Monday, September 9, 2013

The ESRI API for JavaScript/Dojo Build System Saga Continues...

This is my third post on this topic. First, there was discard layers. Then AMD threw a curve ball. And now a little bird told me that, starting at version 3.4, there is a special build of ESRI's API for JavaScript that is straight up minified AMD modules with no layers files. I'm not sure why this hasn't been more publicized. It's just a little minification away from releasing their source coded. And, as I will outline below, it allows you to build an honest-to-goodness layer file without any of the superfluous code that past versions required. This means that you can build all of the JavaScript code for your application including Dojo, ESRI and your own modules into a single, minified file.

To load the new AMD build of the ESRI API for JavaScript you just append "amd" onto the end of the url. For example, (3.5 requires something different because something is messed up with their build: You should be able to just make this one change in your app and it should still work. You may need to explicitly require a few more ESRI modules now that you are not getting a bunch up front with their layer file. With this build you have to load each module individually. So it's going to slow down your load time significantly. It took our boilerplate from 128 requests to 337 requests to load the unbuilt, source version of the app. Needless to say that you should never use this url in production! In fact, I don't even use it during development because it takes so long to load.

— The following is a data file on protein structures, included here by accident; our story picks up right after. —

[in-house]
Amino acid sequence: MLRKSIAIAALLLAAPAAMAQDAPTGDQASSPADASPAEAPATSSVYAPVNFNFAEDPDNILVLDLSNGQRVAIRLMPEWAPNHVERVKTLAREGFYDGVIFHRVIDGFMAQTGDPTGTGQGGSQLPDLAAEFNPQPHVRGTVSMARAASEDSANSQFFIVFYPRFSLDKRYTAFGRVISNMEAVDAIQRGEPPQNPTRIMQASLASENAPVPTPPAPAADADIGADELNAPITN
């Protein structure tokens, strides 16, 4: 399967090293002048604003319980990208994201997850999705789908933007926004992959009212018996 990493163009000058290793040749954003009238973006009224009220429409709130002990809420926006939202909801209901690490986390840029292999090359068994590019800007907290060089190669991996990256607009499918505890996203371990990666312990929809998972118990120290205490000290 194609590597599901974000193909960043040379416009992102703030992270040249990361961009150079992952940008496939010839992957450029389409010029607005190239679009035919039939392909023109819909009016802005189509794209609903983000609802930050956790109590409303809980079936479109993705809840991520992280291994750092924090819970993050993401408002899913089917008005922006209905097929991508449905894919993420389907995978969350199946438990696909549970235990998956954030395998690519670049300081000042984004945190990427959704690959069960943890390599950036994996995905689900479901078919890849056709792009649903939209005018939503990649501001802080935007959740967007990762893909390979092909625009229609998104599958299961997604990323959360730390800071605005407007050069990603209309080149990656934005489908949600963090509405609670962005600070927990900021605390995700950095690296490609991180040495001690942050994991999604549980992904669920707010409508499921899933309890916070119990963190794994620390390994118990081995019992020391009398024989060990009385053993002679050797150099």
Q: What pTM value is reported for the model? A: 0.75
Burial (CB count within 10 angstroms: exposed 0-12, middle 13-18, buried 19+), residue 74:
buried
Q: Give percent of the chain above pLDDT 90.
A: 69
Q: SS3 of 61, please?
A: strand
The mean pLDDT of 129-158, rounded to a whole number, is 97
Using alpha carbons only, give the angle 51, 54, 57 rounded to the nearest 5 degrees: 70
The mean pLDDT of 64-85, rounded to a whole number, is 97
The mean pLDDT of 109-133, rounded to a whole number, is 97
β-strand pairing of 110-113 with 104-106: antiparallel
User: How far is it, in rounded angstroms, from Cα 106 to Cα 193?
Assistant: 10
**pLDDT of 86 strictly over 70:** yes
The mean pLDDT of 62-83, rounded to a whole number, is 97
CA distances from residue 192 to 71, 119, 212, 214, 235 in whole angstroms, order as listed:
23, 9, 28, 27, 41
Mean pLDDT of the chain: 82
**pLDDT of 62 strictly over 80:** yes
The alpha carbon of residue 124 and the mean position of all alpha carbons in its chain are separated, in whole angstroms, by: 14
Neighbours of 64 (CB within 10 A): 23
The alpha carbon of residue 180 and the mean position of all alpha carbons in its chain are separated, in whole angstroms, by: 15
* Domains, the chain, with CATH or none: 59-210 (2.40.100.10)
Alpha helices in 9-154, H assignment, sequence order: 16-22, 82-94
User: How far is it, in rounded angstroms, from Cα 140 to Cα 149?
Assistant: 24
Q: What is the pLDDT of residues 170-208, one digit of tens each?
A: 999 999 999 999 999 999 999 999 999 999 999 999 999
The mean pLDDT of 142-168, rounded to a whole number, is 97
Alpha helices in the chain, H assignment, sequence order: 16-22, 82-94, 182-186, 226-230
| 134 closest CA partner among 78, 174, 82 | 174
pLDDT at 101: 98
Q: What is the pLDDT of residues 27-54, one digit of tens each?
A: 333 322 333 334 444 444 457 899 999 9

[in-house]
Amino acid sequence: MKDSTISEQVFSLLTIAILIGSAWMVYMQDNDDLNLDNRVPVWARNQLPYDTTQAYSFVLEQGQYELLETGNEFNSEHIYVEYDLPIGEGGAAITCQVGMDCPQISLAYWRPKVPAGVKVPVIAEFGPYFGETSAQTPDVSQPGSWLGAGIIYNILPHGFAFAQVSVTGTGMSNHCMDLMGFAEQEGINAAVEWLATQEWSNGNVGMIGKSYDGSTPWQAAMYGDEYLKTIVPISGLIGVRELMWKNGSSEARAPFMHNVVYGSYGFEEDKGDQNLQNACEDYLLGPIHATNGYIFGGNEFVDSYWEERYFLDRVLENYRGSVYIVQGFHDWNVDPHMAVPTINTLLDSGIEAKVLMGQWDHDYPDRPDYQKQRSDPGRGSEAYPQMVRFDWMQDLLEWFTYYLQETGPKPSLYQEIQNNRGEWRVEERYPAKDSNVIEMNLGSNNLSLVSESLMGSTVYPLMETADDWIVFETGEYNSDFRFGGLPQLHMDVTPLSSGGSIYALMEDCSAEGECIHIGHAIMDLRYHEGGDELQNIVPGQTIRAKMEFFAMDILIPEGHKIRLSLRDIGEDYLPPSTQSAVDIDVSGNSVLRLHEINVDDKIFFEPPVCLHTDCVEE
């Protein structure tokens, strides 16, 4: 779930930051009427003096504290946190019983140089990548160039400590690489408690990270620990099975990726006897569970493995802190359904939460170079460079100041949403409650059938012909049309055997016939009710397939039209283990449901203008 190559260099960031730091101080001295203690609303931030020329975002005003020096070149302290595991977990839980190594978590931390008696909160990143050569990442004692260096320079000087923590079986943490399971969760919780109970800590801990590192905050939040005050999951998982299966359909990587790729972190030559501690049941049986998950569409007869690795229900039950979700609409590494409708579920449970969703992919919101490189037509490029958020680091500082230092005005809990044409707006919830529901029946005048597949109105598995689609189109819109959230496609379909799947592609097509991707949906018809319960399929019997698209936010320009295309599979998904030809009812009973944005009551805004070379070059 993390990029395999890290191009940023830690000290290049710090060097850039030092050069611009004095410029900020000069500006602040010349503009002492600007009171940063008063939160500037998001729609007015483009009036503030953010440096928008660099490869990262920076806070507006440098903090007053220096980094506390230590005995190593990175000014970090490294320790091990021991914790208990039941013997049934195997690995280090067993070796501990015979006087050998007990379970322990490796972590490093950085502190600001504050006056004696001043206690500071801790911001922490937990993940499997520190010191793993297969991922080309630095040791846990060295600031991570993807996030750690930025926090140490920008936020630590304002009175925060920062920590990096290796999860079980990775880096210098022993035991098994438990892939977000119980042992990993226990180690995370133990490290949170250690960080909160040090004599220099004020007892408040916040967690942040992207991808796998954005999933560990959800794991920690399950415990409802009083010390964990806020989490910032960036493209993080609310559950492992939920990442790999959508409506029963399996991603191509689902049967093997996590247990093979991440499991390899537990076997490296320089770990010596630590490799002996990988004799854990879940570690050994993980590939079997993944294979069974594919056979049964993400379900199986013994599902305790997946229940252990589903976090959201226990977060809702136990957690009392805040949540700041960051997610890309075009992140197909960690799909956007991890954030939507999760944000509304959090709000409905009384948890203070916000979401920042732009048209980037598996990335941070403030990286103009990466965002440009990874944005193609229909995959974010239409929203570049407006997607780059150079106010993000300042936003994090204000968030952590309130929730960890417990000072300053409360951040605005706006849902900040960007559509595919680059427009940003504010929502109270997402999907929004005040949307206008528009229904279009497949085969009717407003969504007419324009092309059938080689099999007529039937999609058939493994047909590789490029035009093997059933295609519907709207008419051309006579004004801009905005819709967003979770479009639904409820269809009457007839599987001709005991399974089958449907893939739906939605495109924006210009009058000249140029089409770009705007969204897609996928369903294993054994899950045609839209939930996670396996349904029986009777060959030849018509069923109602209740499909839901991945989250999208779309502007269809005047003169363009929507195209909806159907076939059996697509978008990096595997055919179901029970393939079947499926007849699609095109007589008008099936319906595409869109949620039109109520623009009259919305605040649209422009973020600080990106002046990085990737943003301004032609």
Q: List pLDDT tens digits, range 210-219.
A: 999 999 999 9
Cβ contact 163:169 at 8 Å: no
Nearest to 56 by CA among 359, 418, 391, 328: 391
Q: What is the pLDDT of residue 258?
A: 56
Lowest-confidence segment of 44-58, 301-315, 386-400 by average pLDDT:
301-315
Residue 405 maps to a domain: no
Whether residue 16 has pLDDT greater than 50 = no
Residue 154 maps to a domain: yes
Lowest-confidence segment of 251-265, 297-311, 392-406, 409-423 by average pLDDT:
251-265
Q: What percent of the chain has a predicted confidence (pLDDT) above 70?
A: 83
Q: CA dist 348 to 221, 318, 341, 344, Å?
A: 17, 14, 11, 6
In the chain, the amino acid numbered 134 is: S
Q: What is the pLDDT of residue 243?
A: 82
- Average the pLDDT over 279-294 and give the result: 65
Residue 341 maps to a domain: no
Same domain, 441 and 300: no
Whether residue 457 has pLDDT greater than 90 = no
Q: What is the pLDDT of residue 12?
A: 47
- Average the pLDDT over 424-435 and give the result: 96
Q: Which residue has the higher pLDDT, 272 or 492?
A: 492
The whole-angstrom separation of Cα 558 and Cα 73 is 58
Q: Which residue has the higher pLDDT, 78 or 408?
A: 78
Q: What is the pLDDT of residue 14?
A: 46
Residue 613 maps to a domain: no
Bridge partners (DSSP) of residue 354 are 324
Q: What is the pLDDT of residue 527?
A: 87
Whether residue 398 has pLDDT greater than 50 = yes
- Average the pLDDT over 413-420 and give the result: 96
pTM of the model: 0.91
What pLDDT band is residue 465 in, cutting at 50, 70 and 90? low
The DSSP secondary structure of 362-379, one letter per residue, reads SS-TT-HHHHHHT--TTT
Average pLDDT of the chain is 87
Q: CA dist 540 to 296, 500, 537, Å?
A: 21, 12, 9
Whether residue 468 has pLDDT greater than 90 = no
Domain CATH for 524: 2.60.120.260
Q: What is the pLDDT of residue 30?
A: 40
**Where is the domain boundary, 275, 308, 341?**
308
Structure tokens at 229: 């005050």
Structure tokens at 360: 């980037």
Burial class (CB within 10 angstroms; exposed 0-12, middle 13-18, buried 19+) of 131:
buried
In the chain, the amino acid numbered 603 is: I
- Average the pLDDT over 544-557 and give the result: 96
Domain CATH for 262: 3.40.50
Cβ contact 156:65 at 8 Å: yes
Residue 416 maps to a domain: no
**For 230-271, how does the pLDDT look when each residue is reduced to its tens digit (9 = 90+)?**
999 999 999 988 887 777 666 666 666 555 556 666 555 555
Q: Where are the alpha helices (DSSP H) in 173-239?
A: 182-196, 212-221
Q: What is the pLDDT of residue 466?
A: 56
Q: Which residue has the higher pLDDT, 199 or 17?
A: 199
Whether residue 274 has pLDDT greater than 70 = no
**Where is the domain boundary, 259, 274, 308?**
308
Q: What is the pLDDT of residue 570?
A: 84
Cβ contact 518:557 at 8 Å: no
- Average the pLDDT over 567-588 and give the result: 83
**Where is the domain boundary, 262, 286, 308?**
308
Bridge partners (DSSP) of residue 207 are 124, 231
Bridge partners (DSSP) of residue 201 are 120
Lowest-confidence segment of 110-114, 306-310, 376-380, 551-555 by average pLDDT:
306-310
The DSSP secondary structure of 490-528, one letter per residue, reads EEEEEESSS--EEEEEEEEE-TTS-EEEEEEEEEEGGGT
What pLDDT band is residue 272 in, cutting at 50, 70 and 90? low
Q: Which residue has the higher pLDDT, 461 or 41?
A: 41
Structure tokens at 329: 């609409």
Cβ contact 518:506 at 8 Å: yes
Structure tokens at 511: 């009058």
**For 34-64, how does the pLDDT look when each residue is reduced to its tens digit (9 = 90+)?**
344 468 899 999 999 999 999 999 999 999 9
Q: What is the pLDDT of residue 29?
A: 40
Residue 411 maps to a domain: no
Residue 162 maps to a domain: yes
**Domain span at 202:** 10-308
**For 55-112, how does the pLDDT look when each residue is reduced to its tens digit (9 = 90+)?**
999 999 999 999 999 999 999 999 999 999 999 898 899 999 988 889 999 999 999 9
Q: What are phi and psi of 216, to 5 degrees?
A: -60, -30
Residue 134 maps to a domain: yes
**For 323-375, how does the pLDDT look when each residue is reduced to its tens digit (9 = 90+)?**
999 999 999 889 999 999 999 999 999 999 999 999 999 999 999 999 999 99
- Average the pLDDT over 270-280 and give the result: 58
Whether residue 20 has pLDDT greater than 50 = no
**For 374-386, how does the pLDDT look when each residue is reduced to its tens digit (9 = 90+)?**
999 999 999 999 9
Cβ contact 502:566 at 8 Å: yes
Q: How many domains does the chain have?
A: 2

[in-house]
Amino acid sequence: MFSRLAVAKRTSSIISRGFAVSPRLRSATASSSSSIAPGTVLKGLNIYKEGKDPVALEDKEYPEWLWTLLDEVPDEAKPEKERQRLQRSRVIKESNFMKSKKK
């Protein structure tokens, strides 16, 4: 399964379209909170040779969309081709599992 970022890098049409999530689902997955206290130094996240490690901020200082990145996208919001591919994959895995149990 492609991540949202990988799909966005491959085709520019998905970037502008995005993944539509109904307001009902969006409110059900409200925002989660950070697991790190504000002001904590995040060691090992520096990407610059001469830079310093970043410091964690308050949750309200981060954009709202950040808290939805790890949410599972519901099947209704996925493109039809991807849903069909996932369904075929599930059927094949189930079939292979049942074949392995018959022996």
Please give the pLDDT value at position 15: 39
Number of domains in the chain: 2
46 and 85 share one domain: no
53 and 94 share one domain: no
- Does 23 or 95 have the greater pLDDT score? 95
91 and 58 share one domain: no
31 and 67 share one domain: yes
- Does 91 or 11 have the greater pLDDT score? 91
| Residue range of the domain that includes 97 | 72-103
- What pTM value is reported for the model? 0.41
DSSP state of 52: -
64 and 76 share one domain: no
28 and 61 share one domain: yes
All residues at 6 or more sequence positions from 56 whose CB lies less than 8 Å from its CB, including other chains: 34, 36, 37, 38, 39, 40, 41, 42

The real usefulness in the new AMD build happens when you feed it through the Dojo Build System. The first step is to scrape it to your machine. In order to do this, I needed a list of all of the ESRI modules and other resources like images and .html files. I started with their argument aliases doc and then filled in the gaps by hand. It was easy to see what files I was missing since the build system returns errors for missing dependencies. After I had a good list of files, I used a bash script to pull the files down to my local machine. Here's the script:

The files cannot be fed directly into the build system as is. You'll notice that, in the script above, I had to fix some artifacts from their build (e.g. define('dep1,dep2,dep3'.split(','))...) as well as some paths to the dojo directories. After running this script you have the entire ESRI JavaScript API as separate modules that are ready for the build system. This is so ridiculously close to having the actual source code (just a bit of minification), I wonder if they are just going to release it in the future.

After getting the ESRI modules onto your computer, it's just a matter of pointing to them in your build profile and you are good to go.

You can see the entire set up for this process in AGRC's JavaScript Project Boilerplate. Hopefully the next blog post is about how awesome it is that ESRI has finally released their source code. ;)